Journal articles and other peer-reviewed work

Dainton, Barry,  Temporal Consciousness, The Stanford Encyclopedia of Philosophy (Winter 2018 Edition), Edward N. Zalta (ed.)

Deng, N. (2017). Making Sense of the Growing Block View. Philosophia, 45(3), 1113–1127.

Deng, N. (2019). One Thing After Another: Why the Passage of Time Is Not an Illusion. In The Illusions of Time (pp. 3–15). Springer International Publishing.

Lee, G. (2007). Consciousness in a Space-Time World. Philosophical Perspectives, 21, 341–374.

Gruber, R. P., Smith, R. P., & Block, R. A. (2018). The Illusory Flow and Passage of Time within Consciousness: A Multidisciplinary Analysis. Timing and Time Perception, 6(2), 125–153.

Prosser, S. (2012). Why Does Time Seem to Pass? Philosophy and Phenomenological Research, 85(1), 92–116.

Skow, B. (2009). Relativity and the Moving Spotlight. Journal of Philosophy, 106(12), 666–678.



Understanding unconscious processes is easy…

“Six decades ago our psychoanalytically oriented predecessors wrestled with the problem of formulating a credible account of the unconscious. Paradoxically, perhaps, having gathered such convincing evidence in recent years to support the existence of extensive and elaborate nonconscious information processing, contemporary psychologists now are faced with precisely the reverse problem. A major challenge confronting modern psychology is the need to develop an adequate account of the nature and function of consciousness”

Williams et al (1997 [Cognitive psychology and emotional disorders, 2nd ed.], p. 260), via an article by Mick Power (2000) in the Psycholologst

“Conscious” reasoning

Read this:

For us, however, a key difference is that only conscious reasoning can make use of working memory to hold intermediate conclusions, and accordingly reason in a recursive way (Johnson-Laird, 2006, p. 69): primitive recursion, by definition, calls for a memory of the results of intermediate computations (Hopcroft & Ulmann, 1979). [… example task omitted …] The non-recursive processes of intuition cannot make this inference, but when we deliberate about it consciously, we grasp its validity (Cherubini & Johnson-Laird, 2004). Conscious reasoning therefore has a greater computational power than unconscious reasoning, and so it can on occasion overrule our intuitions.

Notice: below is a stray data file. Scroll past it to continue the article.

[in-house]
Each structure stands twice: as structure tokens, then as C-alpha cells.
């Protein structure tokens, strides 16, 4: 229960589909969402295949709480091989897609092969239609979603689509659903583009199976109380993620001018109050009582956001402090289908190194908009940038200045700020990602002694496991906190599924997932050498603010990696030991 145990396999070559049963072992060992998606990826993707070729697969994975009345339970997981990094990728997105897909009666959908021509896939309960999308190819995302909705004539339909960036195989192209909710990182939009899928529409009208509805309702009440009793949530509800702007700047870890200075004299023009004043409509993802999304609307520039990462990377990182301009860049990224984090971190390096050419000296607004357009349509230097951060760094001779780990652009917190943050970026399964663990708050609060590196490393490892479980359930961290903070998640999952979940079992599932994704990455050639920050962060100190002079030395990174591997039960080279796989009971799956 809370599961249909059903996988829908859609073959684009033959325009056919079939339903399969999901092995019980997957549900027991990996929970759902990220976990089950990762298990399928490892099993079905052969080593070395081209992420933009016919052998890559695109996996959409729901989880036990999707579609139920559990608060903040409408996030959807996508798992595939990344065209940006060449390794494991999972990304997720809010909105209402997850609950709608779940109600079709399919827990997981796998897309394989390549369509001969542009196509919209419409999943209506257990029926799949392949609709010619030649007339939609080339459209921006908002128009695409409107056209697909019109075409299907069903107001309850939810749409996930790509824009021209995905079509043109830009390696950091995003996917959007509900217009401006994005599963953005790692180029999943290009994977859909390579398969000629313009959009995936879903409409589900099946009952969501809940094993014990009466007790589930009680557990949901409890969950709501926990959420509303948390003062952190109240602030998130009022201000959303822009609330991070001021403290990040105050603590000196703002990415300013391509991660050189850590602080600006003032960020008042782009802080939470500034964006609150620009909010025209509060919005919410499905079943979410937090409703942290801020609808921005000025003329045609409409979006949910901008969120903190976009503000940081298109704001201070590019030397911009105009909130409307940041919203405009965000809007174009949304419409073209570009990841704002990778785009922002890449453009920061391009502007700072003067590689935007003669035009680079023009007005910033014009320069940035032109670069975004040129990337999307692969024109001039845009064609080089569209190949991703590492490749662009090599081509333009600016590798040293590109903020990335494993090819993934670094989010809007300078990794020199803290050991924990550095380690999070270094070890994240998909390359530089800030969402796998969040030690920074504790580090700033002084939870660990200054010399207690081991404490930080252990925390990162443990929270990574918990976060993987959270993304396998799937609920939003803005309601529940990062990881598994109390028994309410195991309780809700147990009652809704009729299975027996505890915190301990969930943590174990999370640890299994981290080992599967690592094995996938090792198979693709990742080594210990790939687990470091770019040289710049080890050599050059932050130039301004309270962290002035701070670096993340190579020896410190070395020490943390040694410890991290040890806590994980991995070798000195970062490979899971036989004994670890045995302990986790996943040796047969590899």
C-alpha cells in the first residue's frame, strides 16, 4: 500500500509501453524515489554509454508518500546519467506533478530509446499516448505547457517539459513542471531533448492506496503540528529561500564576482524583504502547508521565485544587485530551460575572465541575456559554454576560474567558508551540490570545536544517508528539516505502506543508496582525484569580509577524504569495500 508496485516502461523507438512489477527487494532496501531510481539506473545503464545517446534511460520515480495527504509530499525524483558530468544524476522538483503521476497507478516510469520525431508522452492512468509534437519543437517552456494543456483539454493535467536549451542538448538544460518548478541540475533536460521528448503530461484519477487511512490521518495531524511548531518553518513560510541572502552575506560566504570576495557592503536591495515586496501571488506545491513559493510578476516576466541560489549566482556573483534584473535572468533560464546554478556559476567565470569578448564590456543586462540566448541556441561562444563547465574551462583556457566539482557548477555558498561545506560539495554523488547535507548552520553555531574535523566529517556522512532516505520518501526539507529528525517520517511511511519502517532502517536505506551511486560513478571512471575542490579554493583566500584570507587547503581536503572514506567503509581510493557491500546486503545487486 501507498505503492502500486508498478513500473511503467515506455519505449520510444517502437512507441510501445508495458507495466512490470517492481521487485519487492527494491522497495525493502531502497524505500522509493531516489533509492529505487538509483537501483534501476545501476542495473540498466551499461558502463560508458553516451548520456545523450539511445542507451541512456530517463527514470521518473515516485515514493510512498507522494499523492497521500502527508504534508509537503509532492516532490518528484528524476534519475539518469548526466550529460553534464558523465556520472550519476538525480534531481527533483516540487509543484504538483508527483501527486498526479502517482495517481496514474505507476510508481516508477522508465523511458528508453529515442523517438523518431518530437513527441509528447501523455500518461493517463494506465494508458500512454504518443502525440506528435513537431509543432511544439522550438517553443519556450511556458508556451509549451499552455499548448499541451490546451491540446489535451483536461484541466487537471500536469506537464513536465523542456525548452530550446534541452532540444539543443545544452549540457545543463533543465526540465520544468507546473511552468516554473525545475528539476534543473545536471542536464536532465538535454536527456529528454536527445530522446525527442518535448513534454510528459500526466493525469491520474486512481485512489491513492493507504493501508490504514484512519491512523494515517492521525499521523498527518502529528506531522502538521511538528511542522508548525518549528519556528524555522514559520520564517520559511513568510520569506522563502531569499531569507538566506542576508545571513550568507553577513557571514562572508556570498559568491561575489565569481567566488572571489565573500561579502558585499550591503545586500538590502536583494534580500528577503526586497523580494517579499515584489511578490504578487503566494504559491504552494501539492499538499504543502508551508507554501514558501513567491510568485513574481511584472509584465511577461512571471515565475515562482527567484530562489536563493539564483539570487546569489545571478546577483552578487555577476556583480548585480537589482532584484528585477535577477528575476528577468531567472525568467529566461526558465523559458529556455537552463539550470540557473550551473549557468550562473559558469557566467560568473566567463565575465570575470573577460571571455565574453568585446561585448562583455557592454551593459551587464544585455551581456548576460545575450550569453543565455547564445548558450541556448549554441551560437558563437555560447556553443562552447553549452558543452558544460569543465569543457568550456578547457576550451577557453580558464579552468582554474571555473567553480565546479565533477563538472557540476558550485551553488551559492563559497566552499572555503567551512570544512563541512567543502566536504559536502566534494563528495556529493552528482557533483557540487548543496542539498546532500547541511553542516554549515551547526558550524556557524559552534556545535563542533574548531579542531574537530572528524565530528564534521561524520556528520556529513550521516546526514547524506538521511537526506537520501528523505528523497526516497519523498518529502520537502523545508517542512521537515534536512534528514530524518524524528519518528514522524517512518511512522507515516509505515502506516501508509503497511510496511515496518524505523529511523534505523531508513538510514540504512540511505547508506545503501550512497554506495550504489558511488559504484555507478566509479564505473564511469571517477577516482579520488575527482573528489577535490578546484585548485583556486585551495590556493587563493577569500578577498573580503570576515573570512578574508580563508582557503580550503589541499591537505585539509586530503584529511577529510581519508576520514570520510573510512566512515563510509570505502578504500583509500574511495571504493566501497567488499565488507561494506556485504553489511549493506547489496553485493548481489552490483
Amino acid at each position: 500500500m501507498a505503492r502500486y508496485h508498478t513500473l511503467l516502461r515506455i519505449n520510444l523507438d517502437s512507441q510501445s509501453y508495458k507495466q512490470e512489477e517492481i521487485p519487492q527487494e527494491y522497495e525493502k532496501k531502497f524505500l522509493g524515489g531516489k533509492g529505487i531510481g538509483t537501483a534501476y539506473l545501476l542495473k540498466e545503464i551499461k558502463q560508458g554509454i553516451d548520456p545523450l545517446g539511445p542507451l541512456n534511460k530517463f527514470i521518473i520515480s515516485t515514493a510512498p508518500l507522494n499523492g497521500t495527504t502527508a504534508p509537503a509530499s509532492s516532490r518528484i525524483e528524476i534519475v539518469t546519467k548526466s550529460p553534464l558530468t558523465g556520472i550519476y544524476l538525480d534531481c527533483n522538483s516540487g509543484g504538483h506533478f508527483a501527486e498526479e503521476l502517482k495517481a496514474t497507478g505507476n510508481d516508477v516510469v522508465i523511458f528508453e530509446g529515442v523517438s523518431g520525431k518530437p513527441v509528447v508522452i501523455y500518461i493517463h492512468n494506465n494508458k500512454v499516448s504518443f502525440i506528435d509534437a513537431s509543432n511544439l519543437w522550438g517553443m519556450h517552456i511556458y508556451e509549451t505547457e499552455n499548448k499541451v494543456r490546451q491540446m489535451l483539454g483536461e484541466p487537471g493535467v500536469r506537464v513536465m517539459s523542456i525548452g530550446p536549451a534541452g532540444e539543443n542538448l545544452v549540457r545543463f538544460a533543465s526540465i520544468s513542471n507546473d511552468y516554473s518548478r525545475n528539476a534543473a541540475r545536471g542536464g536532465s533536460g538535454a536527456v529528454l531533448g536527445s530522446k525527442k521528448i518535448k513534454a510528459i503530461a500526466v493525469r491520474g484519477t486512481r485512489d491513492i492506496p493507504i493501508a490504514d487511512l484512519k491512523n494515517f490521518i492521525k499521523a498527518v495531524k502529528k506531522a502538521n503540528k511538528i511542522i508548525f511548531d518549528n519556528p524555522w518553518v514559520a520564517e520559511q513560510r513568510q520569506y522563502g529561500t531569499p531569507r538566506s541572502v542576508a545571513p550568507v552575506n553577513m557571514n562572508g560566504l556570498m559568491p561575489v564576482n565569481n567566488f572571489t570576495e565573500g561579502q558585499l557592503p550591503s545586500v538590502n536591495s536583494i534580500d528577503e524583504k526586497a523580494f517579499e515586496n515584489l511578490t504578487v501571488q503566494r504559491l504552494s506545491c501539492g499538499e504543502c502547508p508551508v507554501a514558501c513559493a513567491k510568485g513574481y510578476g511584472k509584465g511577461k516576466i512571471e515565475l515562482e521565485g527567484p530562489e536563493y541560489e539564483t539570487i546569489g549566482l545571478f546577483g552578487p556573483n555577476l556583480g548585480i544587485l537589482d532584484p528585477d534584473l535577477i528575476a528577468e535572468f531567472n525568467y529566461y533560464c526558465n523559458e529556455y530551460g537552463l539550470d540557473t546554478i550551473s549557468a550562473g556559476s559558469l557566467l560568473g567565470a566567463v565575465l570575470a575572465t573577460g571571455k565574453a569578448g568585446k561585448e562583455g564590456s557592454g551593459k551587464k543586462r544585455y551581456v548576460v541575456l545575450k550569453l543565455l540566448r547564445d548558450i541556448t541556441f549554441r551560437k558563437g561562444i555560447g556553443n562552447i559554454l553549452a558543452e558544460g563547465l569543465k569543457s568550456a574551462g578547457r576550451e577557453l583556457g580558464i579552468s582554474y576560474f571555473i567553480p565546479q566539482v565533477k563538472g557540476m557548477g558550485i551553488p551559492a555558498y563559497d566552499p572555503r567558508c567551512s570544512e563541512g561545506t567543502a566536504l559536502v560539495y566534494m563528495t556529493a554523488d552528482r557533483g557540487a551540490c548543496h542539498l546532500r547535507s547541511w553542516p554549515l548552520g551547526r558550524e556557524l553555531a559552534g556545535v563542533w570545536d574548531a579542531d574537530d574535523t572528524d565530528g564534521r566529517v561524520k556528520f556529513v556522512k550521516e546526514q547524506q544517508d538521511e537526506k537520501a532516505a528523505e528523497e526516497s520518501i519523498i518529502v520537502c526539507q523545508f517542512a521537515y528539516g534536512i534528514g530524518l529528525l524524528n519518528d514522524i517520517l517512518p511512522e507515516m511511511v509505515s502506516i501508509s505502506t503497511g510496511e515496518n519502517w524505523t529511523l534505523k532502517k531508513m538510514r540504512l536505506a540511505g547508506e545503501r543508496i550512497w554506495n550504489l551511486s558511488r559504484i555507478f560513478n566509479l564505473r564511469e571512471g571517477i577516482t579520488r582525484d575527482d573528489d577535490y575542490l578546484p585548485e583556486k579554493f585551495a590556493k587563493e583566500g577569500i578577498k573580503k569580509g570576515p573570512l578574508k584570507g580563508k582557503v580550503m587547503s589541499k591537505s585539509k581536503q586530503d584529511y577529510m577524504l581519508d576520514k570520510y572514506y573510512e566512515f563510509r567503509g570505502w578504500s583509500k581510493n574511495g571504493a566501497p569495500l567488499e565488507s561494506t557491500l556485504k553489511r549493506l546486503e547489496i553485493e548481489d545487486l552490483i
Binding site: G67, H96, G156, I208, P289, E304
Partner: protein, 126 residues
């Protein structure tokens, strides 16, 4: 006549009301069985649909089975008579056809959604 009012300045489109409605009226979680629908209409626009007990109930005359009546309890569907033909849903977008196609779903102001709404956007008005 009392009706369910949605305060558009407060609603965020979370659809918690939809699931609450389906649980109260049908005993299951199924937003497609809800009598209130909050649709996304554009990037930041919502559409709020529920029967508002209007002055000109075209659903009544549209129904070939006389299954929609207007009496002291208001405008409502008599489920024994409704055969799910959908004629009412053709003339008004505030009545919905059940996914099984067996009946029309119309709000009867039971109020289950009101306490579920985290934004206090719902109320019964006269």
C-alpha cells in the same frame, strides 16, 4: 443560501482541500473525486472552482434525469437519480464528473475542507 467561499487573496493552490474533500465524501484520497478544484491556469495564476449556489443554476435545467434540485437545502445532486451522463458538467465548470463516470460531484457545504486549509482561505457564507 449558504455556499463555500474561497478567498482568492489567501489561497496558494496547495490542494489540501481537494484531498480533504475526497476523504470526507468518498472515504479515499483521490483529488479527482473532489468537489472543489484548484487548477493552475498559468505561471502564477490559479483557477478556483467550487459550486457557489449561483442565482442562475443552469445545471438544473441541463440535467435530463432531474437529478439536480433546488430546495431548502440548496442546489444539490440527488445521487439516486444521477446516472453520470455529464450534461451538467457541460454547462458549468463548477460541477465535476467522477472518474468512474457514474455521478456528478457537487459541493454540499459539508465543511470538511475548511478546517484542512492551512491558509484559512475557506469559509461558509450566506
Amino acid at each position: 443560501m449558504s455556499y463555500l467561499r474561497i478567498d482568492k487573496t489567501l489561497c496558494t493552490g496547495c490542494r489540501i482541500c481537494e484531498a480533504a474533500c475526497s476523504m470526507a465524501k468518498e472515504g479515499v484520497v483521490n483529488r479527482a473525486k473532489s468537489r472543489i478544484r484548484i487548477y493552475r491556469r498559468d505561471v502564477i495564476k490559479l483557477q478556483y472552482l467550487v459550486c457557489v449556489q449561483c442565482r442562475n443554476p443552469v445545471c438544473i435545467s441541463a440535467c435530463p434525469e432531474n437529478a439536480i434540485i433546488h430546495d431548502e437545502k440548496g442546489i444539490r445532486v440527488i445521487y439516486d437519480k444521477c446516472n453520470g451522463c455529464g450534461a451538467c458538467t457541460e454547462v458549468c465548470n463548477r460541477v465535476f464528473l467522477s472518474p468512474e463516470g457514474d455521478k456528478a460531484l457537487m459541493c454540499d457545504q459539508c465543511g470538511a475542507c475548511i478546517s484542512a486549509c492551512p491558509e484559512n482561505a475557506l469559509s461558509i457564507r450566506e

There’s no evidence that whatever bits of memory intuition uses cannot do recursion.  Hunting through semantic memory structures can be viewed as a recursive process and the process is not (at least always) accessible to consciousness.  Aside from this, you can impose recursion on just about any process you care to analyse, and you can often remove recursion from a process description depending on what primitives are available.  Questioning whether a process “is” or “isn’t” recursive isn’t a healthy activity.  Also the jump from “recursive” to “primitive recursive”, as if they were one and the same, is deeply confusing.  See the Stanford Encyclopaedia of Philosophy for details of other flavours of recursion.

Bucciarelli, M.; Khemlani, S. & Johnson-Laird, P. N. (2008). The psychology of moral reasoning. Judgment and Decision Making, 3, 121-139

Half of Autechre on intuition and will

“Disagreements only happen when you enter the conscious world, when you try to consider things.”

“Sometimes you have to accept that you’re a product of your environment and no matter what input you want to put into that environment, that’s just your personal taste, the culmination of all your influences, being creatively voiced one way or another, like a painter might do.”

“Some people are so tied up with the whole issue of understanding — they think you need to understand something in order to like it.”

“You don’t realise where routine and schedule become habits, and then become rules. […] It’s good sometimes to remove a lot of the conscious process.”

—Sean Booth, of Autechre, an interview, Wire (2008, March)